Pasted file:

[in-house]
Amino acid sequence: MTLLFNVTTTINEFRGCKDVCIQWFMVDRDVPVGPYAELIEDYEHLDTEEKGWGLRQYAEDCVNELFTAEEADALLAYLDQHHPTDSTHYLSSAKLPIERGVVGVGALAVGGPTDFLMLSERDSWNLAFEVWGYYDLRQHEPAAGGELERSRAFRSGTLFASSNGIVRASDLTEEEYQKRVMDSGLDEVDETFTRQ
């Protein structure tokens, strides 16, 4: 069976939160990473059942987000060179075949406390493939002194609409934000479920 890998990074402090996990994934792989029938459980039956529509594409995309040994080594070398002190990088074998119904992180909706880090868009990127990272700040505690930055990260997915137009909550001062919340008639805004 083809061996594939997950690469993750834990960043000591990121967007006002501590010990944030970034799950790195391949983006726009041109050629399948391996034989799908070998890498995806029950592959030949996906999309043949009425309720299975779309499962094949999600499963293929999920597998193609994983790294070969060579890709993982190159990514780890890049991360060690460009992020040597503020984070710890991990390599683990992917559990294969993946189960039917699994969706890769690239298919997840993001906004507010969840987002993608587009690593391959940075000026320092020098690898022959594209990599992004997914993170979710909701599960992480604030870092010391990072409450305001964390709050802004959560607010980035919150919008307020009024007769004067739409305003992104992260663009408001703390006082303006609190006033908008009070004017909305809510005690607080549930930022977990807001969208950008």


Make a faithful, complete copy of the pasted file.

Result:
[in-house]
Amino acid sequence: MTLLFNVTTTINEFRGCKDVCIQWFMVDRDVPVGPYAELIEDYEHLDTEEKGWGLRQYAEDCVNELFTAEEADALLAYLDQHHPTDSTHYLSSAKLPIERGVVGVGALAVGGPTDFLMLSERDSWNLAFEVWGYYDLRQHEPAAGGELERSRAFRSGTLFASSNGIVRASDLTEEEYQKRVMDSGLDEVDETFTRQ
């Protein structure tokens, strides 16, 4: 069976939160990473059942987000060179075949406390493939002194609409934000479920 890998990074402090996990994934792989029938459980039956529509594409995309040994080594070398002190990088074998119904992180909706880090868009990127990272700040505690930055990260997915137009909550001062919340008639805004 083809061996594939997950690469993750834990960043000591990121967007006002501590010990944030970034799950790195391949983006726009041109050629399948391996034989799908070998890498995806029950592959030949996906999309043949009425309720299975779309499962094949999600499963293929999920597998193609994983790294070969060579890709993982190159990514780890890049991360060690460009992020040597503020984070710890991990390599683990992917559990294969993946189960039917699994969706890769690239298919997840993001906004507010969840987002993608587009690593391959940075000026320092020098690898022959594209990599992004997914993170979710909701599960992480604030870092010391990072409450305001964390709050802004959560607010980035919150919008307020009024007769004067739409305003992104992260663009408001703390006082303006609190006033908008009070004017909305809510005690607080549930930022977990807001969208950008």